· Swimming in Action, created by Bobbie  Kalman, written by John Corrsingham & Niki Walker and illustrated by Bonna Rouse, Crabtree Publishing Company, 2003 – This is a thorough little book with a lot of information but not overwhelming text.  It has both photographs and illustrations and looks at the basics of swimming in a pool such as water safety, warm ups, controlled breathing, treading water and other strokes, and even suggests some water games at the back.


· The Young Swimmer, by Jeff Rouse, Stoddart, 1997—US Olympic gold medallist Jeff Rouse presents young readers with all sorts of swimming information: history, basic equipment, and many different swimming strokes with clear photographs to help any swimmer improve.





Materials: two pieces of white paper to paint on per child, coloured paints and paint brushes, container of water and paper towels, waxed paper to put paint on as a palate, newspaper or plastic to cover the table, old clothes or art smocks to wear.


Step 1:  Have your child paint one sheet of paper blue (you can suggest mixing some white in the blue paint to give the blue different shades of blue).

Step 2: On the other sheet of paper have your child paint a self portrait in a bathing suit ready to swim (let your child take a look at his/her bathing suit before hand for a more accurate portrait).

Step 3: Let each painted sheet dry.

Step 4: Help your child cut out the self portrait.

Step 5: Let your child glue the self portrait onto the blue paper as if he/she is swimming in blue water.




NOTE: This craft can actually be used as a toy pool for action figures and small dolls.


Materials: Empty shoe box, coloured paper and white glue OR paints (with brushes,, a jar of water, waxed paper to put paint on, and old clothes to wear),  newspapers or a plastic table cloth to protect the table, waxed paper,  a small piece of cardboard, blue tissue paper, child safe scissors, a pencil, clear tape, a damp cloth for sticky fingers.


**Read over


Step 1: Let your child decorate the outside of the shoe box by gluing coloured paper around it or by painting it in many or one colour.  You could also paint the inside of the box blue as we did for more of a water effect.

Step 2: Cut the blue tissue paper into small squares (about 1 ½ inches or 3 cm across).

Step 3: Show your child how to wrap a square of tissue paper around the pencil eraser and then dip the tissue into white glue (poured onto waxed paper).

Step 4: Press the folded pieces of tissue paper into the inside of the shoe box so they look like blue waves.

Step 5: Fold a small piece of cardboard (cut into a rectangle) so that it fits along the edge of the box and tape it into place to be a diving board.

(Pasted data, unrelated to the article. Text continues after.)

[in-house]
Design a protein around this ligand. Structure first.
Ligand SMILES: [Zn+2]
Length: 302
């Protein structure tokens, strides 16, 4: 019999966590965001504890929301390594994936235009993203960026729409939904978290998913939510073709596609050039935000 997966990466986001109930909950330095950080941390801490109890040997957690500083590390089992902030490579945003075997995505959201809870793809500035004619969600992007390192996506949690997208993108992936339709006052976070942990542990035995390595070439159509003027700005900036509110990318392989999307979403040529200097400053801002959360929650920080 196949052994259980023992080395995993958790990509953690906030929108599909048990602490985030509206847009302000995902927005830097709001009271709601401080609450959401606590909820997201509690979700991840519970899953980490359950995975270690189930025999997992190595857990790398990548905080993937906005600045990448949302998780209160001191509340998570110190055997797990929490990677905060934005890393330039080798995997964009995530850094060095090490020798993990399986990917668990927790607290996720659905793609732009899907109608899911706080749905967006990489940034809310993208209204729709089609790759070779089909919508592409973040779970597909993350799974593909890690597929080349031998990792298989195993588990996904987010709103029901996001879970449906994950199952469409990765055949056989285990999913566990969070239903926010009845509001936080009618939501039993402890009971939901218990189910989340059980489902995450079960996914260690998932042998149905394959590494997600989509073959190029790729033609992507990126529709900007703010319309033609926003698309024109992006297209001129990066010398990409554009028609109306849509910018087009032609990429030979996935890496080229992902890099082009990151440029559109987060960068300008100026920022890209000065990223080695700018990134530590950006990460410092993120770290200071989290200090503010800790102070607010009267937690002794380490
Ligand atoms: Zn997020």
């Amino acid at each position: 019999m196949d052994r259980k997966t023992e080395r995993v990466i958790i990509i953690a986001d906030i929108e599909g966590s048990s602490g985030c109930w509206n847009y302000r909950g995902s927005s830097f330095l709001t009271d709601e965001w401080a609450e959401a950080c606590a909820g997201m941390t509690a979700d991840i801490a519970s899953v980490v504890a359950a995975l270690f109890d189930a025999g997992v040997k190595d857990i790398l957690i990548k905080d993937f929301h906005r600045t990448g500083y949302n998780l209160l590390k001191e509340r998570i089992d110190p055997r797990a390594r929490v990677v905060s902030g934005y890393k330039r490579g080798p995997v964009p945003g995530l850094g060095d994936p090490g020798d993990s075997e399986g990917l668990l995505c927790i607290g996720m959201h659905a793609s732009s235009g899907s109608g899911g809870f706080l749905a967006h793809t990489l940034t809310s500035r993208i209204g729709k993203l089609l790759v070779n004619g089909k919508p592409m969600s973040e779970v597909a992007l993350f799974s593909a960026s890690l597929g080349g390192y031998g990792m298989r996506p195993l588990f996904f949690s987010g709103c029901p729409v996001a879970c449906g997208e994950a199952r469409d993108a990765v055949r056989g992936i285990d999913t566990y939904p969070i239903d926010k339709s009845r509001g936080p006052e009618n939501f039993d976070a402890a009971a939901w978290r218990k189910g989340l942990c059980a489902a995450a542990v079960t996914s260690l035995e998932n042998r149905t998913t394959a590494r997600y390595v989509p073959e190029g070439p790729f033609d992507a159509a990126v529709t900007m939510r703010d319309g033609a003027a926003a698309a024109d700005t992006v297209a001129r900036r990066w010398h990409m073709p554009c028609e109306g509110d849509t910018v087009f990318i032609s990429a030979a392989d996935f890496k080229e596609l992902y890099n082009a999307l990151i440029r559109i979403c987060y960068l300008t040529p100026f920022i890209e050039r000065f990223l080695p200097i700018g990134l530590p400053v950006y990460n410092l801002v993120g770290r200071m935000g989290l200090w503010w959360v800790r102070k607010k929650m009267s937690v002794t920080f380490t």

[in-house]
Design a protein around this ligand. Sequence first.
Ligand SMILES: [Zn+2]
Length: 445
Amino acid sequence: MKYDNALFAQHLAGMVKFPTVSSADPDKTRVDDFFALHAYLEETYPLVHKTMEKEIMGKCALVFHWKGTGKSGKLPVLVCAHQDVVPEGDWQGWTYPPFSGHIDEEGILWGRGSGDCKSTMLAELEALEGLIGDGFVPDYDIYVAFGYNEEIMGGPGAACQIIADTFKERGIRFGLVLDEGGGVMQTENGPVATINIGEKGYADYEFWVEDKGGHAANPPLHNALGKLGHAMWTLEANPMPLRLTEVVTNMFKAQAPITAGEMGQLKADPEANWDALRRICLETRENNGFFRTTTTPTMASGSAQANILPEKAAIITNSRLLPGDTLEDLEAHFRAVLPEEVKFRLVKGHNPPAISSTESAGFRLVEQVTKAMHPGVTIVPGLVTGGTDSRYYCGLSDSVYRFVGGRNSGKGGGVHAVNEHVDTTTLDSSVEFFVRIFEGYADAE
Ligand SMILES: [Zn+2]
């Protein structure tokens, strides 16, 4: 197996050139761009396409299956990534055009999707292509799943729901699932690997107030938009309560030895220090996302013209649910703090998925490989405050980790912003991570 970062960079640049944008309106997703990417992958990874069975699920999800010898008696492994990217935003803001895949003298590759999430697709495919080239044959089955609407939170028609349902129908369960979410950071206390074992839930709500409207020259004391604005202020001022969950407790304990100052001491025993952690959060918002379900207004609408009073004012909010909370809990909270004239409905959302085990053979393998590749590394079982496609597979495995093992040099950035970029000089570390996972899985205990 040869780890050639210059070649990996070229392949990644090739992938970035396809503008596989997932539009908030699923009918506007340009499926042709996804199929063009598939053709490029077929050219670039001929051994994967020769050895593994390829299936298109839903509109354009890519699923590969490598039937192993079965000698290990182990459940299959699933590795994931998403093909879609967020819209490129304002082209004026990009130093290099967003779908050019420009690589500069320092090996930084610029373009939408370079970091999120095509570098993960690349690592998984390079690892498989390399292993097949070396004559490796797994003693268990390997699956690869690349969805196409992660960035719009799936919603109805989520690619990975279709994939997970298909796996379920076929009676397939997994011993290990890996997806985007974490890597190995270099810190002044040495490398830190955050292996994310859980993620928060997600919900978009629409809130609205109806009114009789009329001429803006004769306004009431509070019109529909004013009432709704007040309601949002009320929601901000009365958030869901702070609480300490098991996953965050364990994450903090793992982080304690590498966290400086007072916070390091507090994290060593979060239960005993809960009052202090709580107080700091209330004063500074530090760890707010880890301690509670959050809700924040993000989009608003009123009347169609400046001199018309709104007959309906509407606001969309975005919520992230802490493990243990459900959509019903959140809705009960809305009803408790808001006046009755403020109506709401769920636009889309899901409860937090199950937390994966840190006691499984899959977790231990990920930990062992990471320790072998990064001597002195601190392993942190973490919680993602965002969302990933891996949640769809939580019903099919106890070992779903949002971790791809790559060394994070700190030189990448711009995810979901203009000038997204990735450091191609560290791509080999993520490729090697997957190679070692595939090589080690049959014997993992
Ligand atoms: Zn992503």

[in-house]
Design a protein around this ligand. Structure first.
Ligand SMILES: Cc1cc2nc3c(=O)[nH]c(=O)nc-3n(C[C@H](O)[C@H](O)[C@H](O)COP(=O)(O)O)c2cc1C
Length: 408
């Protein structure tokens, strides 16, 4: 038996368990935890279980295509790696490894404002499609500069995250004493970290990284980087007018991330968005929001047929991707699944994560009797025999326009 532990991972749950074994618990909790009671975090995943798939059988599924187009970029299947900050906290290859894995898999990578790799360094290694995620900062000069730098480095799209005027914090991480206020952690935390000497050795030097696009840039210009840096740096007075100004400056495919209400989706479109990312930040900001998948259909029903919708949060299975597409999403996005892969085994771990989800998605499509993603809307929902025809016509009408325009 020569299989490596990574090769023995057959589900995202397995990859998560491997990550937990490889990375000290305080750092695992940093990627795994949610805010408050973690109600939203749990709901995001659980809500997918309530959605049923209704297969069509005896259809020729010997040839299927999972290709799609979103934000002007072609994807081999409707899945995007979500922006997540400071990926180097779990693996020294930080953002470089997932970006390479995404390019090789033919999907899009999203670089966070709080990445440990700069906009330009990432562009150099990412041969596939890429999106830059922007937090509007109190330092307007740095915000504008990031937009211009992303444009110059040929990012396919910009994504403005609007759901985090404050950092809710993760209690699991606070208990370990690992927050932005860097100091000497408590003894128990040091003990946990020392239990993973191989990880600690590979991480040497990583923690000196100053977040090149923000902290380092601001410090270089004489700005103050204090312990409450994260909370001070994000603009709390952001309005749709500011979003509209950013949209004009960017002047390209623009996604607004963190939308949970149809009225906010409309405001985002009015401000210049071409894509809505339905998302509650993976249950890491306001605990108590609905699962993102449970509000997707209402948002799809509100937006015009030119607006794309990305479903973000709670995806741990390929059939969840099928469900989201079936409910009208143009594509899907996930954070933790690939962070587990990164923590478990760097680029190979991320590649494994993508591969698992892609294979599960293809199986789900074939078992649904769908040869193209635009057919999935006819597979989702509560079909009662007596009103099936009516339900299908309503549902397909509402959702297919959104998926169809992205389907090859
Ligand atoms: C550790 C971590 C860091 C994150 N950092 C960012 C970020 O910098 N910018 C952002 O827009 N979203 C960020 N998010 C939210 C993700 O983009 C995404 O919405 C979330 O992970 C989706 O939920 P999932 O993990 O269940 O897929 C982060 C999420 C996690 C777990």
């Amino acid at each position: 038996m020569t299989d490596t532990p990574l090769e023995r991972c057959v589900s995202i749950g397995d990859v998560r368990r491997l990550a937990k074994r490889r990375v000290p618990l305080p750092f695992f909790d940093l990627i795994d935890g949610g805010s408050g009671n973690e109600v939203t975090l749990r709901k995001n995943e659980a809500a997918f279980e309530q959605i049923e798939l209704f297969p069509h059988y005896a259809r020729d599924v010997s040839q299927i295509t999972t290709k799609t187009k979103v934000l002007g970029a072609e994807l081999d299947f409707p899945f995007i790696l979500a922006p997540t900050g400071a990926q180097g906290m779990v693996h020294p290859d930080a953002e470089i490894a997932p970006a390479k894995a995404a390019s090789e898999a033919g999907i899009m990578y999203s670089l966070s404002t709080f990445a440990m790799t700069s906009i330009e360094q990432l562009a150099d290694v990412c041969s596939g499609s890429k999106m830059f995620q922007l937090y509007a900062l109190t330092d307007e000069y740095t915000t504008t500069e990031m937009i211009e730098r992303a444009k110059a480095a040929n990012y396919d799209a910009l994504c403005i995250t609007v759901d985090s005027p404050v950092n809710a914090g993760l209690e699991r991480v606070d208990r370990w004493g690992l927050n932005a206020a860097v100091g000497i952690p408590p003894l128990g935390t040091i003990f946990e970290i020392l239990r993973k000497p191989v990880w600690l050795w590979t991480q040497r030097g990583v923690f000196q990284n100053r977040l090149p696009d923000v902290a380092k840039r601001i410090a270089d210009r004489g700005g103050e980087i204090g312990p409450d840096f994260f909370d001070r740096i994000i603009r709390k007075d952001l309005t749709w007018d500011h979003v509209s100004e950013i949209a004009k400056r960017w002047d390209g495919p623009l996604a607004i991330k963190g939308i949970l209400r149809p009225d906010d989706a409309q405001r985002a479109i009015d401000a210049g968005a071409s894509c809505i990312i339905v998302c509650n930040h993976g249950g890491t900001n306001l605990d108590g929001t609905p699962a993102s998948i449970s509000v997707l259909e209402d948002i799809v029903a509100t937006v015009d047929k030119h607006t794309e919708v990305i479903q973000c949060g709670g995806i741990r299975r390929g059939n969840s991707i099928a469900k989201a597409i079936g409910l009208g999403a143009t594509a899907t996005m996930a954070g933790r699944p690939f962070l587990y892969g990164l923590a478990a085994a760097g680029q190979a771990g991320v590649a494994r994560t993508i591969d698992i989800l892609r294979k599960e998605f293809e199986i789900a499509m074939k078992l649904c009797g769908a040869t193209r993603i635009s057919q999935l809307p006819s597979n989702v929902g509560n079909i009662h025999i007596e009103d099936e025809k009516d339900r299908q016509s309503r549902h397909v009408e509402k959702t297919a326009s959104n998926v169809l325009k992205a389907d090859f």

Step 6: Let the box glue and then let your children use it as a swimming pool for action figures and dolls.




Serve up some fish crackers for a quick snack (also portable enough to take on a field trip to the swimming pool)

Make some blue yogurt by adding blue food colouring to vanilla yogurt to create mini swimming pools to dip some fresh fruit in (like strawberries and bananas).



Make some “Dogs in a Towel“ (aka pigs in a blanket) by wrapping hotdogs in refrigerated crescent rolls and cooking them in the oven.

In honour of swimming fish another option for this theme day is  tuna or salmon sandwiches  - mix a can of tuna/salmon with mayonnaise, dill and lemon juice or mix the can with yogurt, ranch dressing and shredded carrots for a different twist.



Make some blue Jello (like blue waves in a swimming pool) for a swimming treat.




Print out my Family Brainstorm: Pool Rules/Water Safety Worksheet and as a family discuss safety rules for when you are around a swimming pool or anywhere near water.  If you need help coming up with some ideas check out the websites listed below.



Have your child to make a poster using crayons and markers about one of the rules brainstormed in the above activity.  Help your child write out the words if he/she isn’t old enough to do it on his/her own.



Thank you to Michael and his swim instructor Mary from Huntsville, Alabama for recommending this link to Swimming Safety Tips, Resources and More: http://safestars.org/swimming-safety/

This is a great site with interactive games, a downloadable colouring and activity booklet, a safety song to review water rules: http://www.splashzoneusa.com/home.html

Look here for hints on how to stay safe around water: http://kidshealth.org/kid/watch/out/water.html




Play these games while in a swimming pool:




Q: What did the tree wear to go swimming in the ocean?

A: Swimming trunks.



Who’s there?


Anita who?

Anita take some swimming lessons.



Who’s there?


Juana who?

Juana go swimming?





Search through your child’s DVD/ video collection (or visit your local library before hand or the Video Store) to find any shows that deal with swimming or water.


Try these titles if you can find them:


· Kipper: Pools, Parks and Picnics, Hit Entertainment, 2003


· Timon and Pumbaa’s SafetySmart: In the Water!, Disney Education Productions


Here are some fishy titles that might work for this theme day:


· The Little Mermaid


· Finding Nemo - as Dory the fish sings “just keep swimming.”




Go to your local pool (indoor or outdoor) or plan a bit field trip to a water park or the ocean or a lake (if your lucky enough to live water) for a day.


If you have a little blow up pool for your backyard or balcony fill it up with water for some splashy fun on a hot day.

Be safe around a pool!


My son’s swimming self portrait

(Age 8)

My son’s swimming self portrait

(Age 3)

Shoebox Swimming Pool Craft

Poster for Water Safety

Swimming in the ocean.

Photo: C. Wright

Photo: Larry K